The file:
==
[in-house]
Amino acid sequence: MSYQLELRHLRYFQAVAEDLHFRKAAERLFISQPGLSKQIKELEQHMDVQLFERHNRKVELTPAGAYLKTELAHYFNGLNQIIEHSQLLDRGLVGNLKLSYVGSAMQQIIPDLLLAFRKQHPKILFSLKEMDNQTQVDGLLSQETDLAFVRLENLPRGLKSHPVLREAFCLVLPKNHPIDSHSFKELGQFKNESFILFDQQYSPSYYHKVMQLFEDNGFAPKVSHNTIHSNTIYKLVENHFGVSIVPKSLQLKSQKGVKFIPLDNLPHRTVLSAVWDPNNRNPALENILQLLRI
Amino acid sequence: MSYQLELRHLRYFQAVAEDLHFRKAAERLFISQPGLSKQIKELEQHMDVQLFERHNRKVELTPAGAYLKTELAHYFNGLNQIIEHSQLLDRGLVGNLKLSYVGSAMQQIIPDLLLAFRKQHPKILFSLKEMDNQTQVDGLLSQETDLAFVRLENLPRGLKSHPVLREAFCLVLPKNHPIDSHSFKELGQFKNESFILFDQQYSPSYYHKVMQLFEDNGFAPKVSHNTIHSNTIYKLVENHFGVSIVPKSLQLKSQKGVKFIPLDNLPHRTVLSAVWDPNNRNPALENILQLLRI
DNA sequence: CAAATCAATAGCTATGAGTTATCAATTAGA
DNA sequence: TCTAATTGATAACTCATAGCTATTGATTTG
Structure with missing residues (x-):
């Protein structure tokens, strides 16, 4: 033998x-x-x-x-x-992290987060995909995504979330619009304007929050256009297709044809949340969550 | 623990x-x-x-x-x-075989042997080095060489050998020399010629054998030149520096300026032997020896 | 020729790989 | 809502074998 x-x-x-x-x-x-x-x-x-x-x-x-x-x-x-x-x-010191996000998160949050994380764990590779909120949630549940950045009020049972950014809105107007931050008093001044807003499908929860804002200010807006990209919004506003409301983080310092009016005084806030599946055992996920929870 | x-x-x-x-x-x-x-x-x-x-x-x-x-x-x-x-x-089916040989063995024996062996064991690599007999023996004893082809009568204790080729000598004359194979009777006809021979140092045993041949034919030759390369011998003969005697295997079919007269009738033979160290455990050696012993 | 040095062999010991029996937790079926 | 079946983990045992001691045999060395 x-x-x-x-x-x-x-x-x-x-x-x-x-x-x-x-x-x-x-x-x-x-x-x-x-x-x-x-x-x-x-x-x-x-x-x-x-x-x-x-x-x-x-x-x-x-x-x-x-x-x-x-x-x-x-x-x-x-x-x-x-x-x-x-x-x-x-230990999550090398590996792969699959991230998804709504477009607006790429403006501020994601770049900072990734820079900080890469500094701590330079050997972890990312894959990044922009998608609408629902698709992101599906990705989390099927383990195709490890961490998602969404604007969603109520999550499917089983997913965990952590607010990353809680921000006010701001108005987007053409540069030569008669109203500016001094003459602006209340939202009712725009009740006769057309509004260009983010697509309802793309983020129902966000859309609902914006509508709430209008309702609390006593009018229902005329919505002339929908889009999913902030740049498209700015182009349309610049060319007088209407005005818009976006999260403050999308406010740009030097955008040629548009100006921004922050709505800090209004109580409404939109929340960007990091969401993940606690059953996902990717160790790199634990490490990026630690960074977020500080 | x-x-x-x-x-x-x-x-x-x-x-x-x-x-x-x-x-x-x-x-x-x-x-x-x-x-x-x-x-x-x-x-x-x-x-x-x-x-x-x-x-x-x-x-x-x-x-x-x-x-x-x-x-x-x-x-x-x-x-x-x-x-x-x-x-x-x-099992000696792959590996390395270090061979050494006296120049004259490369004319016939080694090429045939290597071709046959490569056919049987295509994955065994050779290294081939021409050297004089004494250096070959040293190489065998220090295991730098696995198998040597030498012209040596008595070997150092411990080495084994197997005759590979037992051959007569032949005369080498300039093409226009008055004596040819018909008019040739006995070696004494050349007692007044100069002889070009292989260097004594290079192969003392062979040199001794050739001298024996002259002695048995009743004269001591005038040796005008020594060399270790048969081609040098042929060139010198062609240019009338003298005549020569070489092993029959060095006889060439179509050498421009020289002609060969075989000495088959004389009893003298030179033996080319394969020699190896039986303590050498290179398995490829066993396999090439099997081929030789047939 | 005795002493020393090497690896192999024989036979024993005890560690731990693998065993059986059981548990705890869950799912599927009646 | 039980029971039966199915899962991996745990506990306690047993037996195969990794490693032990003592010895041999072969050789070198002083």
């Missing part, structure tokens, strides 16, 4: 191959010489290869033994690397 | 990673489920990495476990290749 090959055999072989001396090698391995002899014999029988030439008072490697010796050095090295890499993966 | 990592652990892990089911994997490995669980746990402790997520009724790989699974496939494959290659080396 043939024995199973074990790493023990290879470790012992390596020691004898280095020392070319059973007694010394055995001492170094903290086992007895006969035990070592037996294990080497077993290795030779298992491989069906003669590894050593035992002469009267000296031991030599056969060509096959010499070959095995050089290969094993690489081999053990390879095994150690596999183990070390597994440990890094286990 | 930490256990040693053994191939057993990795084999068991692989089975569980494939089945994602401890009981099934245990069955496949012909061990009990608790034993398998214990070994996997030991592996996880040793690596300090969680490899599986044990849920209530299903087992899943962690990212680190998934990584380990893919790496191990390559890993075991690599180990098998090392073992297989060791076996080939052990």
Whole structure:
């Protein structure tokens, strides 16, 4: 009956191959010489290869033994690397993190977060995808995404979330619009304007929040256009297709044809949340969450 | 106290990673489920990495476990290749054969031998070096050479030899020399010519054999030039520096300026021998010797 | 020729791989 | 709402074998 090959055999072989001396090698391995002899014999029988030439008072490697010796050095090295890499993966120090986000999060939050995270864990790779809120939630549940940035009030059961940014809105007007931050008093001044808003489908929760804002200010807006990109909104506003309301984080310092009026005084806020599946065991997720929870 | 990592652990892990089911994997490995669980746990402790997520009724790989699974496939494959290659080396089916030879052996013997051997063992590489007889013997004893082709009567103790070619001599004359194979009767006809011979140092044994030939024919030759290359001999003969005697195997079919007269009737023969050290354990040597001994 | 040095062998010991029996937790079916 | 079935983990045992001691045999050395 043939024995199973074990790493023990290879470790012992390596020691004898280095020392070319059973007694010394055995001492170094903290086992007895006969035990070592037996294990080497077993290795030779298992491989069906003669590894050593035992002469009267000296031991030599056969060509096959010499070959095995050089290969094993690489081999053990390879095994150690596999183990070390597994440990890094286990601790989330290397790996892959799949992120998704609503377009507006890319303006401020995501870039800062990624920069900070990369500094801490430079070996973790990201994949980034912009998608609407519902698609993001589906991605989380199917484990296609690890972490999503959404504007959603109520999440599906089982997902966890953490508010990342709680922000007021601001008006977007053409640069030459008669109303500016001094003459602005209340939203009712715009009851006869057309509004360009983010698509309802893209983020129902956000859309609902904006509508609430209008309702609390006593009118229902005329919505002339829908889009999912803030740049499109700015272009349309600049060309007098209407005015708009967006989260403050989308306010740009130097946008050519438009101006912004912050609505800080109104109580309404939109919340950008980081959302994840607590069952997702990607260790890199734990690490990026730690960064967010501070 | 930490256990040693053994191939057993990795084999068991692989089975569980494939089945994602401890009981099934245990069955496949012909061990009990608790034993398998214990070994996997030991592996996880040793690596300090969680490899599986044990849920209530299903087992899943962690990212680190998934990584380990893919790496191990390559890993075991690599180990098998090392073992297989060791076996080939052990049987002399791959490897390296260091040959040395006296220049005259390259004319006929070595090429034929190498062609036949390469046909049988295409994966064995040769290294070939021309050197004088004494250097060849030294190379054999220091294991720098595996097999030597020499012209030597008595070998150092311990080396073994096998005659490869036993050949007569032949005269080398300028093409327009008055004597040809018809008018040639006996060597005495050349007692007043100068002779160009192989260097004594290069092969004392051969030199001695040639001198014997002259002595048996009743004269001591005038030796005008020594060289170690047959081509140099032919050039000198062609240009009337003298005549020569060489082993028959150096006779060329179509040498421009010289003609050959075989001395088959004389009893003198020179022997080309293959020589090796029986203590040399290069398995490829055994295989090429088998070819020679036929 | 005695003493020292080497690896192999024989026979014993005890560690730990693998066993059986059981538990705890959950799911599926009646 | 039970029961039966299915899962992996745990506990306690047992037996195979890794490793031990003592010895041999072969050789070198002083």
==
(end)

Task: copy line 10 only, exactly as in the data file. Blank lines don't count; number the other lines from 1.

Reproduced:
């Protein structure tokens, strides 16, 4: 009956191959010489290869033994690397993190977060995808995404979330619009304007929040256009297709044809949340969450 | 106290990673489920990495476990290749054969031998070096050479030899020399010519054999030039520096300026021998010797 | 020729791989 | 709402074998 090959055999072989001396090698391995002899014999029988030439008072490697010796050095090295890499993966120090986000999060939050995270864990790779809120939630549940940035009030059961940014809105007007931050008093001044808003489908929760804002200010807006990109909104506003309301984080310092009026005084806020599946065991997720929870 | 990592652990892990089911994997490995669980746990402790997520009724790989699974496939494959290659080396089916030879052996013997051997063992590489007889013997004893082709009567103790070619001599004359194979009767006809011979140092044994030939024919030759290359001999003969005697195997079919007269009737023969050290354990040597001994 | 040095062998010991029996937790079916 | 079935983990045992001691045999050395 043939024995199973074990790493023990290879470790012992390596020691004898280095020392070319059973007694010394055995001492170094903290086992007895006969035990070592037996294990080497077993290795030779298992491989069906003669590894050593035992002469009267000296031991030599056969060509096959010499070959095995050089290969094993690489081999053990390879095994150690596999183990070390597994440990890094286990601790989330290397790996892959799949992120998704609503377009507006890319303006401020995501870039800062990624920069900070990369500094801490430079070996973790990201994949980034912009998608609407519902698609993001589906991605989380199917484990296609690890972490999503959404504007959603109520999440599906089982997902966890953490508010990342709680922000007021601001008006977007053409640069030459008669109303500016001094003459602005209340939203009712715009009851006869057309509004360009983010698509309802893209983020129902956000859309609902904006509508609430209008309702609390006593009118229902005329919505002339829908889009999912803030740049499109700015272009349309600049060309007098209407005015708009967006989260403050989308306010740009130097946008050519438009101006912004912050609505800080109104109580309404939109919340950008980081959302994840607590069952997702990607260790890199734990690490990026730690960064967010501070 | 930490256990040693053994191939057993990795084999068991692989089975569980494939089945994602401890009981099934245990069955496949012909061990009990608790034993398998214990070994996997030991592996996880040793690596300090969680490899599986044990849920209530299903087992899943962690990212680190998934990584380990893919790496191990390559890993075991690599180990098998090392073992297989060791076996080939052990049987002399791959490897390296260091040959040395006296220049005259390259004319006929070595090429034929190498062609036949390469046909049988295409994966064995040769290294070939021309050197004088004494250097060849030294190379054999220091294991720098595996097999030597020499012209030597008595070998150092311990080396073994096998005659490869036993050949007569032949005269080398300028093409327009008055004597040809018809008018040639006996060597005495050349007692007043100068002779160009192989260097004594290069092969004392051969030199001695040639001198014997002259002595048996009743004269001591005038030796005008020594060289170690047959081509140099032919050039000198062609240009009337003298005549020569060489082993028959150096006779060329179509040498421009010289003609050959075989001395088959004389009893003198020179022997080309293959020589090796029986203590040399290069398995490829055994295989090429088998070819020679036929 | 005695003493020292080497690896192999024989026979014993005890560690730990693998066993059986059981538990705890959950799911599926009646 | 039970029961039966299915899962992996745990506990306690047992037996195979890794490793031990003592010895041999072969050789070198002083």